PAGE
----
Cookies Said to Yield 'Horrible Experience'

The Colorado woman who sued two girls after they made an anonymous, nighttime cookie delivery said she and her family have been the target of hate mail, harassing phone calls and even death threats.

"This isn't about cookies," Renea Young told "Good Morning America." "It's not about a couple of girls out spreading cheer. It's about a horrible experience for me and my family."

Knock at the Door

It all started last summer when Taylor Ostergaard, now 18, and Lindsey Zellitti, now 19, decided to stay home from a dance in order to surprise their neighbors with an anonymous delivery of homemade cookies.

But Young, 49 -- appearing on "Good Morning America" with her husband, Herb -- said she became so terrified when the girls banged on her door at 10:30 p.m. and ran away that she suffered an anxiety attack that sent her to the hospital the next day. Young sued the girls and was awarded about $900 to recoup her medical bills.

The girls, who appeared on "Good Morning America" last week, said they were just trying to do a good deed. They have received an outpouring of public support and donations to cover their legal bills. A company has even named a "kindness cookie" in their honor.

But Young contends that the teens used "very poor judgment" in not realizing how their behavior could affect others.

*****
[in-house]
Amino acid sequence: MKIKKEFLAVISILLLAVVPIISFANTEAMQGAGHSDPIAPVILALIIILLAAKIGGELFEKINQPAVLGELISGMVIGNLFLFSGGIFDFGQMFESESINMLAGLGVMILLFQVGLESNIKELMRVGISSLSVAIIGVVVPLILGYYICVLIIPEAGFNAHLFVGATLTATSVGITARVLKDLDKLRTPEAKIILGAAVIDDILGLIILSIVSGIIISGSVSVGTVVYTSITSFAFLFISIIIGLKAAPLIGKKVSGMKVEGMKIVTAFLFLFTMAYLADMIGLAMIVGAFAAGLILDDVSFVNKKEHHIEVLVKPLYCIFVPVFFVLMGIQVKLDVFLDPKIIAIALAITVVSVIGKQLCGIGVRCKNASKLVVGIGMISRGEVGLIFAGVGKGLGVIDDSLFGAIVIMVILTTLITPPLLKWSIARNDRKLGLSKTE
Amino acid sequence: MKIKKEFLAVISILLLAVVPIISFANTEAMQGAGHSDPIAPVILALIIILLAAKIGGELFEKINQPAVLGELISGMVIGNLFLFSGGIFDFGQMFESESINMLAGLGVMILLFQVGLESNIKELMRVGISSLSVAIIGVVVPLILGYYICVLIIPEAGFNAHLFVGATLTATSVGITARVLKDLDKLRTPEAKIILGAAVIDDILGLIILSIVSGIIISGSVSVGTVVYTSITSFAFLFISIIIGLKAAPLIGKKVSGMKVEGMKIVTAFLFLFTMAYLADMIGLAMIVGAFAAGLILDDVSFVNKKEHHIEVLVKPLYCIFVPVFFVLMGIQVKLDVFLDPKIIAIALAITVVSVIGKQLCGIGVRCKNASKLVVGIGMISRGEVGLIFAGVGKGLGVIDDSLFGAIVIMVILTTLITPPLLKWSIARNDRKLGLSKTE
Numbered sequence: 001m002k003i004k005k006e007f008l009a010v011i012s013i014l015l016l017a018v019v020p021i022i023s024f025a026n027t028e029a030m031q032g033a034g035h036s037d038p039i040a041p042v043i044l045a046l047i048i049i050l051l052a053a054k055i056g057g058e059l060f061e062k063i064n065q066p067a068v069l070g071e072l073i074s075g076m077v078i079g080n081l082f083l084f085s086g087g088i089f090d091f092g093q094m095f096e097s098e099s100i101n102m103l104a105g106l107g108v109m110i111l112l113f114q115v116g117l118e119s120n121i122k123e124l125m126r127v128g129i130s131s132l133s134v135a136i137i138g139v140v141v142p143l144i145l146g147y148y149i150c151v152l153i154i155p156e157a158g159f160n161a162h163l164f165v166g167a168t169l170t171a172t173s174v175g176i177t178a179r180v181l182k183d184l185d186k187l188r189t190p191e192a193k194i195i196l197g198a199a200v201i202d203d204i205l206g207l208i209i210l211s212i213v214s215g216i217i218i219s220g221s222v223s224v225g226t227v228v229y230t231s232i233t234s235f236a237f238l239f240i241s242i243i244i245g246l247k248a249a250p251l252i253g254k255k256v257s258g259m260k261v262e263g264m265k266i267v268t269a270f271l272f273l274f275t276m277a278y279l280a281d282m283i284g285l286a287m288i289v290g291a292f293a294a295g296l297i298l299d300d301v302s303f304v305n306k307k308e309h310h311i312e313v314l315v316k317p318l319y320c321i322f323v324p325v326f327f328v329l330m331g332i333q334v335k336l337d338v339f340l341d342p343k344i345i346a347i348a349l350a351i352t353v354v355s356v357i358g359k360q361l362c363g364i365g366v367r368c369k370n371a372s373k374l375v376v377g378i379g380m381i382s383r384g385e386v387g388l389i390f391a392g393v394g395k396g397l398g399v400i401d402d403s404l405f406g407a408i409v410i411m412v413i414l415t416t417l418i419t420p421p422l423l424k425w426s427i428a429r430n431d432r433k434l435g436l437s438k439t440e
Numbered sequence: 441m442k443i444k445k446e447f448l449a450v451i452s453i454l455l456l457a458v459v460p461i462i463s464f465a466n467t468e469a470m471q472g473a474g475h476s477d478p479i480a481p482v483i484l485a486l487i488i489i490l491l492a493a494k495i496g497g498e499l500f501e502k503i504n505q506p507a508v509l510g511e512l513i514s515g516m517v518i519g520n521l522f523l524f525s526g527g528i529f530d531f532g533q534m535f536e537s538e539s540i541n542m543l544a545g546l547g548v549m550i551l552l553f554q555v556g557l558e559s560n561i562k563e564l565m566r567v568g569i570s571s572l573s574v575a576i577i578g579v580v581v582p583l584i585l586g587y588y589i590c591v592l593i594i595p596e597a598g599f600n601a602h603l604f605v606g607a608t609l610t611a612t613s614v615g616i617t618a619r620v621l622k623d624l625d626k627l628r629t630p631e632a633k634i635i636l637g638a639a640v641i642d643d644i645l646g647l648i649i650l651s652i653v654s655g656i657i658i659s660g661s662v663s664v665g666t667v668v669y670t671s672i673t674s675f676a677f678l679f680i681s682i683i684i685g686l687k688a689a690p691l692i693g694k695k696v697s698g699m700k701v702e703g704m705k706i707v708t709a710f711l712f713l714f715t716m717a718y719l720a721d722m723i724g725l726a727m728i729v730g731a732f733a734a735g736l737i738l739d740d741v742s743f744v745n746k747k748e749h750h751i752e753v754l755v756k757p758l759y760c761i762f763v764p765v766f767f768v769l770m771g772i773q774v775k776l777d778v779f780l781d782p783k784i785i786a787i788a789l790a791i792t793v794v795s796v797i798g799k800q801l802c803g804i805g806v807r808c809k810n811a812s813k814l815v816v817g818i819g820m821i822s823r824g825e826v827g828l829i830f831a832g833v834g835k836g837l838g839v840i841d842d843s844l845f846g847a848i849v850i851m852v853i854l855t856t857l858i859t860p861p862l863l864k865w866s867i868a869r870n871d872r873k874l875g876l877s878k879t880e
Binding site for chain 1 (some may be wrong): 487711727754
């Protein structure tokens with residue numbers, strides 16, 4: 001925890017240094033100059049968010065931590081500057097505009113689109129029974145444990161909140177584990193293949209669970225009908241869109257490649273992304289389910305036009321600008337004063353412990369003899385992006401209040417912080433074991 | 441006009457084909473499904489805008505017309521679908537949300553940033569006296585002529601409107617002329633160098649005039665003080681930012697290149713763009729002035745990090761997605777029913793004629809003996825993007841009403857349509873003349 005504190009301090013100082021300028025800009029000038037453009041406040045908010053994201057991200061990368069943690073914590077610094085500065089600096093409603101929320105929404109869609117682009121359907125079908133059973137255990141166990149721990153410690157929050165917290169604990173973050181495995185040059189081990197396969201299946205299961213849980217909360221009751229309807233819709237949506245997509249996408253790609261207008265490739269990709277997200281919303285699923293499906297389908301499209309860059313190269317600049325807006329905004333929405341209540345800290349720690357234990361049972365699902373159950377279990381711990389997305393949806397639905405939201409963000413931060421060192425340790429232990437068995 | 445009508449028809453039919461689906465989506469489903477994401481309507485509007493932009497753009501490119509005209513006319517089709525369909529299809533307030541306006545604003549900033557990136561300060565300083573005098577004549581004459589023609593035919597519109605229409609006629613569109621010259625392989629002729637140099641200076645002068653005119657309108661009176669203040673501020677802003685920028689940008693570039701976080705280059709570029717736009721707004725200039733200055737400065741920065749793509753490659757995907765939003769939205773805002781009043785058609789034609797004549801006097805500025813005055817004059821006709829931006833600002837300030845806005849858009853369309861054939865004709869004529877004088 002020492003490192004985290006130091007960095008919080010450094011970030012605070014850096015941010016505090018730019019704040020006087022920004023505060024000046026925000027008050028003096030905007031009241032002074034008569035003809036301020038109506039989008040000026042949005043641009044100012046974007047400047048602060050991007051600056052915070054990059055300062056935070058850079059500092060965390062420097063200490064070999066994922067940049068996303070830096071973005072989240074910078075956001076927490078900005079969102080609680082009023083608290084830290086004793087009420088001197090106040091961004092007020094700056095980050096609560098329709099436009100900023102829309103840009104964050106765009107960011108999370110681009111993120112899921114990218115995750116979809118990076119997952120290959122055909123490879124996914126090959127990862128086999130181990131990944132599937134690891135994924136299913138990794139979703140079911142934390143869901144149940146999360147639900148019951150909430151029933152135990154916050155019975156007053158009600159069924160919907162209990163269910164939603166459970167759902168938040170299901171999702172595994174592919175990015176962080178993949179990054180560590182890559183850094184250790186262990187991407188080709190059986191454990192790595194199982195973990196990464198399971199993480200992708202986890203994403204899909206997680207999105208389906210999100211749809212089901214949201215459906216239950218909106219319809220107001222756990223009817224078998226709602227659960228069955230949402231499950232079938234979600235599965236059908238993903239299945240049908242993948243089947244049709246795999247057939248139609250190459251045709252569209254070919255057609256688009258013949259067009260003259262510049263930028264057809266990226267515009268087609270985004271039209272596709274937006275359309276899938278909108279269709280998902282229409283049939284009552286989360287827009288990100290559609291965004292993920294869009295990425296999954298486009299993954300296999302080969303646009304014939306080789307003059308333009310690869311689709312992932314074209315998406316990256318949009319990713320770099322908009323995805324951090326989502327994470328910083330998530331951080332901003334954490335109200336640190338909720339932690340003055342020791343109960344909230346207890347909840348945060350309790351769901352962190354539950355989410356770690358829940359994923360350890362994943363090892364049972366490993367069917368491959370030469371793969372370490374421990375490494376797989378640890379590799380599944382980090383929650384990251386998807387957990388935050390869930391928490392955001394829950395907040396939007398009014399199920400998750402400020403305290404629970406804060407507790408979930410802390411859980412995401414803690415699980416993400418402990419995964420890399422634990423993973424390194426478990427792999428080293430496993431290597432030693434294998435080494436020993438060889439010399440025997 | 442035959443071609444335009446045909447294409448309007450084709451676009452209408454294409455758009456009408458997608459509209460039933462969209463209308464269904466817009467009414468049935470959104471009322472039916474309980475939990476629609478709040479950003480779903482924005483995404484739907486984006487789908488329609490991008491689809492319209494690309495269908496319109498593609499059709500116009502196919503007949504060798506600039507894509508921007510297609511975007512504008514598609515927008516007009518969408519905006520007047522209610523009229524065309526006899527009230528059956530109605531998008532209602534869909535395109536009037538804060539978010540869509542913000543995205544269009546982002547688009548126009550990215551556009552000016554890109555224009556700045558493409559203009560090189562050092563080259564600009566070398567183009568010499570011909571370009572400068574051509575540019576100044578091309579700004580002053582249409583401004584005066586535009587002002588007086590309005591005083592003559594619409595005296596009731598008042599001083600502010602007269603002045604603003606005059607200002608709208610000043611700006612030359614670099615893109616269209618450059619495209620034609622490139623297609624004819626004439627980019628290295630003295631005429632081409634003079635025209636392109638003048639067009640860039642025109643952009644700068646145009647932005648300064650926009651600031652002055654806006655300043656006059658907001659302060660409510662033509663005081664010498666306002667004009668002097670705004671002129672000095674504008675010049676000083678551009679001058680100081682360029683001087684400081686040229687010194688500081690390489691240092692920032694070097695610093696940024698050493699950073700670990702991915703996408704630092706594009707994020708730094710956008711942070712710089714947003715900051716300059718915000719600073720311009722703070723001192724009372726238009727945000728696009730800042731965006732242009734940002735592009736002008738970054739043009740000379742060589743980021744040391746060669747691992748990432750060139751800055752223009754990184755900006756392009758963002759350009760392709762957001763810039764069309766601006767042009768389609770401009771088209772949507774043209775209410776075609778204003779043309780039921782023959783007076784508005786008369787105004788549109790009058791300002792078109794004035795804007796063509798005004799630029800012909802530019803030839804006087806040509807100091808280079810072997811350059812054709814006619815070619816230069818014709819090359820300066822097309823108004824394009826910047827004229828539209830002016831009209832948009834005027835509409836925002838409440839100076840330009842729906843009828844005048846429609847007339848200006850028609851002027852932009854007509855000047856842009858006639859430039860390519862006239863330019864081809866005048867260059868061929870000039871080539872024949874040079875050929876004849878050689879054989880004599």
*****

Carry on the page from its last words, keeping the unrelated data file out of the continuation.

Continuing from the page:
Young said her home is in an extremely rural area, and Ostergaard and Zellitti had to climb over two fences, walk through a pasture filled with livestock and crawl across an open ditch to get to her home.

Once there, Young said the girls went to a secluded back door and knocked. She, her elderly mother and teenage daughter were in the basement at the time.

"They banged on the door so hard, we were certain someone was trying to break in," said Young.

Different Accounts

Also at issue in the case is what happened after the cookie delivery.

While the girls and their families said they promptly apologized to Young and offered to pay her medical bills, Young said that is not the case.

She said that the controversy could have been avoided had the girls simply acknowledged their mistake immediately.

"Do you really believe if these people gave me the $890, I would go through the process of going to court to ask for $890?" said Young. "There was never any money presented. I tried four different times to communicate with the Ostergaards, and all four times they had no desire to settle the matter, right up to the time we presented this to court."

'Has to Be Some Accountability'

According to The Associated Press, the parents of one of the teens has filed for a restraining order against Herb Young, accusing him of making harassing phone calls. He admitted calling the Ostergaards once after hearing the teens were talking to the media and at one point said "the gloves were off," the AP reported.

But Herb Young said on "Good Morning America" that the public has misunderstood what his family has gone through.

"People take it upon themselves to judge, and they don't know really the full extent of what happened," he said.

Despite the bitterness surrounding the incident, Renea Young said she would do the same thing again.

"There has to be some accountability, some responsibility taken," she said.

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